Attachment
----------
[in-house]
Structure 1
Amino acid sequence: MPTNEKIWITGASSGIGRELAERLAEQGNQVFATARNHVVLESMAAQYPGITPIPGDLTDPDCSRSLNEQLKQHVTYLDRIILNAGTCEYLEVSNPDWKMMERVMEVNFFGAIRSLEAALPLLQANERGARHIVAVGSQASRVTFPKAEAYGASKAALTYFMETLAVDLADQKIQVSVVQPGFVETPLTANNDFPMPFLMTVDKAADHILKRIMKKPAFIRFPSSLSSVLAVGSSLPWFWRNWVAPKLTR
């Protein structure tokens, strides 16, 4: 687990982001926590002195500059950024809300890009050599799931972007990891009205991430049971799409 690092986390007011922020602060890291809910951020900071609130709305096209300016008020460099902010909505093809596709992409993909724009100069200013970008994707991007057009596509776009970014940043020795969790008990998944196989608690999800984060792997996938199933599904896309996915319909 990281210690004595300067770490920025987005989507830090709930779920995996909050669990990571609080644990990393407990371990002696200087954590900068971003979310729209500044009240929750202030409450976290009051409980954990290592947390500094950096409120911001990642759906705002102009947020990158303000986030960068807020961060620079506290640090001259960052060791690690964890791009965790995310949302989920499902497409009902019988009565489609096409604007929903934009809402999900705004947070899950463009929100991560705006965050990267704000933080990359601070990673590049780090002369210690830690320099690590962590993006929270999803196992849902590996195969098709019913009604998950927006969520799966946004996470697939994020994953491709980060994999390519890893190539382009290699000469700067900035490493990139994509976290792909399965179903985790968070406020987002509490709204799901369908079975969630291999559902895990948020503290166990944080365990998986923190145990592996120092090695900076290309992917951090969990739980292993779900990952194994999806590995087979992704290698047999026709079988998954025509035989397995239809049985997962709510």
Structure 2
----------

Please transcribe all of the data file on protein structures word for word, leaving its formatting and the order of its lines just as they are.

[in-house]
Structure 1
Amino acid sequence: MPTNEKIWITGASSGIGRELAERLAEQGNQVFATARNHVVLESMAAQYPGITPIPGDLTDPDCSRSLNEQLKQHVTYLDRIILNAGTCEYLEVSNPDWKMMERVMEVNFFGAIRSLEAALPLLQANERGARHIVAVGSQASRVTFPKAEAYGASKAALTYFMETLAVDLADQKIQVSVVQPGFVETPLTANNDFPMPFLMTVDKAADHILKRIMKKPAFIRFPSSLSSVLAVGSSLPWFWRNWVAPKLTR
């Protein structure tokens, strides 16, 4: 687990982001926590002195500059950024809300890009050599799931972007990891009205991430049971799409 690092986390007011922020602060890291809910951020900071609130709305096209300016008020460099902010909505093809596709992409993909724009100069200013970008994707991007057009596509776009970014940043020795969790008990998944196989608690999800984060792997996938199933599904896309996915319909 990281210690004595300067770490920025987005989507830090709930779920995996909050669990990571609080644990990393407990371990002696200087954590900068971003979310729209500044009240929750202030409450976290009051409980954990290592947390500094950096409120911001990642759906705002102009947020990158303000986030960068807020961060620079506290640090001259960052060791690690964890791009965790995310949302989920499902497409009902019988009565489609096409604007929903934009809402999900705004947070899950463009929100991560705006965050990267704000933080990359601070990673590049780090002369210690830690320099690590962590993006929270999803196992849902590996195969098709019913009604998950927006969520799966946004996470697939994020994953491709980060994999390519890893190539382009290699000469700067900035490493990139994509976290792909399965179903985790968070406020987002509490709204799901369908079975969630291999559902895990948020503290166990944080365990998986923190145990592996120092090695900076290309992917951090969990739980292993779900990952194994999806590995087979992704290698047999026709079988998954025509035989397995239809049985997962709510």
Structure 2